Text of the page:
More concerning is that the account also follows “Trad Western Art”, a relatively small account focusing on, you guessed it, Western art. As recently as Saturday, the account has posted pictures with the label “hyperborean worldview” plastered on them, a phrase that links to “Hitlerist” Tumblr accounts that promote anti-Semitism and publish Nazi propaganda.
Another major problem with ArchitecturalRevival is the original claim that it is whitewashing the history of the buildings it posts about. The account retweets another Twitter account, European Beauty, on a near-daily basis.
Brock points to one of European Beauty’s latest tweets about Alhambra in Spain as just one example indicating whitewashing of the architectural history of European buildings.
“The phrasing is technically correct,” he explains about the tweeted posted above, “but neglects to mention that ‘renovation and rebuilding’ as done by Muslims, and that the building is probably the highest achievement of Islamic architecture anywhere in Western Europe.” Pointing to another tweet, Brock notes that an architectural feature is credited as an Indo-European creation, when in fact it is widely known to be Turkish, a nation European Beauty has a clear issue with (more on that shortly).
Brock argues that the account is deliberately and serially omitting the full history. “They are at best neglecting, but probably outright erasing, the huge contributions of non-white (especially Muslim) Europeans to European culture.”
The borderline denialism rife on European Beauty’s Twitter account reaches beyond simple omissions of non-white architectural contributions. Hidden away in the account’s replies, European Beauty both implies the non-existence of Turkey as its own state (referring to the very real nation as “the area now called ’Turkey’”) and defends the use of the swastika in present-day art.
Another account floating around in the architectural Twitter orbit is Wrath of Gnon. A self-described traditionalist, it is the account that was posting quotes from Leon Krier, Roger Scruton, and Theodore Dalrymple liked by ArchitectureRevival. These were posted alongside standard architecture tweets. Although the account functions as a yet another architecture Twitter account, those it follows include famed alt-righter Richard Spencer as well as a handful of accounts self-identifying as alt-right and posting Pepe the Frog memes.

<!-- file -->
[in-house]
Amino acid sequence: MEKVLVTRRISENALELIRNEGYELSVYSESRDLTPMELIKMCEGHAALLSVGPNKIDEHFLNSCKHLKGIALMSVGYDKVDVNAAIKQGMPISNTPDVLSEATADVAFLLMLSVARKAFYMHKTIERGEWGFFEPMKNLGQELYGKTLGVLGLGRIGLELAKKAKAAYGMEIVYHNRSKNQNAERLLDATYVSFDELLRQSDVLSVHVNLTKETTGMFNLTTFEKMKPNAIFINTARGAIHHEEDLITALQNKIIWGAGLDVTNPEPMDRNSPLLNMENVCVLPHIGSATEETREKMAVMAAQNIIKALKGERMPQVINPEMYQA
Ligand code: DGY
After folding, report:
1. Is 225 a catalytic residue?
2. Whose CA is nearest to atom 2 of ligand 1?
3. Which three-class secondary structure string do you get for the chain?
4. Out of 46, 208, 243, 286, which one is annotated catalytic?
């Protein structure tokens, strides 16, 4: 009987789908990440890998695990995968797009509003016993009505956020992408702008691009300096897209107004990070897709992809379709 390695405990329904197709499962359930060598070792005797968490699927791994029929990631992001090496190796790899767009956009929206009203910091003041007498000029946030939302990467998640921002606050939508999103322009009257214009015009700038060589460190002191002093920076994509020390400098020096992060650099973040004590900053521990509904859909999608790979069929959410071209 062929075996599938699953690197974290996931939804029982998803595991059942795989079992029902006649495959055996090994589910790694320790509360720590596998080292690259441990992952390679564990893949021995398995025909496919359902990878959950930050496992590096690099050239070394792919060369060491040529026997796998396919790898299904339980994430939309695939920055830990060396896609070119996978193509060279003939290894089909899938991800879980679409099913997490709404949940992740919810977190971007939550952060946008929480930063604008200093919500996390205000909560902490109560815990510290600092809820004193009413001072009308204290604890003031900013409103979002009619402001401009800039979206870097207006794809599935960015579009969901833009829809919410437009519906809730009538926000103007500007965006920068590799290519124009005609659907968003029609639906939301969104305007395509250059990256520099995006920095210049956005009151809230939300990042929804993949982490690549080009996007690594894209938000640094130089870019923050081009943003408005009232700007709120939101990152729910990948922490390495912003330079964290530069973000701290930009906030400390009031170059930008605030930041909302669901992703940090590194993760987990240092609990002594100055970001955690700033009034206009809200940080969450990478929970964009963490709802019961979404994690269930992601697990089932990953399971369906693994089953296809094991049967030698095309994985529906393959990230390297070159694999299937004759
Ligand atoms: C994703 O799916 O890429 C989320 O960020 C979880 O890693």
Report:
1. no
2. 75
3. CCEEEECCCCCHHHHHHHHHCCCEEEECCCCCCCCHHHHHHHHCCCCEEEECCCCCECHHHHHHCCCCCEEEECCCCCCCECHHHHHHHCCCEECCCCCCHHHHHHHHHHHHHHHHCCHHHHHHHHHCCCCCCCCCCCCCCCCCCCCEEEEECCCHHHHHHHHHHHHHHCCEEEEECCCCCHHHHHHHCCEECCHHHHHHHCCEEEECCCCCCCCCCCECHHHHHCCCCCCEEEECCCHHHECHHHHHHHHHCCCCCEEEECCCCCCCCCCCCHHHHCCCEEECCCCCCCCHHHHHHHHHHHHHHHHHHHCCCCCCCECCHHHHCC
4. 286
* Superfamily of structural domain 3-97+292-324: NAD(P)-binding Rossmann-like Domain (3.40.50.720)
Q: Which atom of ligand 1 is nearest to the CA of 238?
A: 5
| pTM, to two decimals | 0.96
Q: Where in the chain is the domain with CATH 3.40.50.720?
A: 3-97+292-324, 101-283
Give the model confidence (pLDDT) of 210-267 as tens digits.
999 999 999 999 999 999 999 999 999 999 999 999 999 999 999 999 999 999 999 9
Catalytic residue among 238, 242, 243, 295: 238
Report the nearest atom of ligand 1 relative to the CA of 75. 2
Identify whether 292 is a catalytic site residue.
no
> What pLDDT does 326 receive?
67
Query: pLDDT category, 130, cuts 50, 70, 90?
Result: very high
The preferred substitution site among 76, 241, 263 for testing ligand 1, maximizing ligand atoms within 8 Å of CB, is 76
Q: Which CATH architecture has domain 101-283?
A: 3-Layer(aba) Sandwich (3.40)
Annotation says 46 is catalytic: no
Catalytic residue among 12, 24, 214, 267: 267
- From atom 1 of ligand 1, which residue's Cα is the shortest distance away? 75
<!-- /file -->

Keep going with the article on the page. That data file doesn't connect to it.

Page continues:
Senior editor at CityLab, the Atlantic’s publication on urbanism, Amanda Kolson Hurley posted on Twitter that, although Gnon’s tweets on architecture can be unproblematic, the account is part of the same alt-right camp as ArchitecturalRevival.
Of course, you may be thinking, white nationalism on Twitter is rife in small, largely unknown alt-right accounts. But these architecture Twitterers are by no means small fry. Wrath of Gnon boasts over 28.8K followers and ArchitecturalRevival has accrued 32.8K. European Beauty, although not strictly an architecture account, is just shy of 40K. These accounts are not toiling in obscurity, but are leading voices in an ever-growing Twitter fandom.
Whether or not these accounts themselves are truly pushing white supremacist messages, they are undeniably attracting copious fans who do. The replies to European Beauty’s pinned tweet (asking users to refrain from posting “Anti-European” remarks) is packed with anti-Semitic memes, Islamaphobic accounts, and racist conspiracy theories. (The link between the movement looking to “reclaim” European heritage from a multicultural society and white nationalist organisations is widely documented, from France to Poland to even the United States.)
When Jack tweeted his criticism of ArchitecturalRevival, he became a target for hundreds of, what he describes as, white nationalists. Arguably more worrying, though, are the tens of thousands of people following, liking, and retweeting from these accounts, completely oblivious to the fact that their intentions may not be what they seem.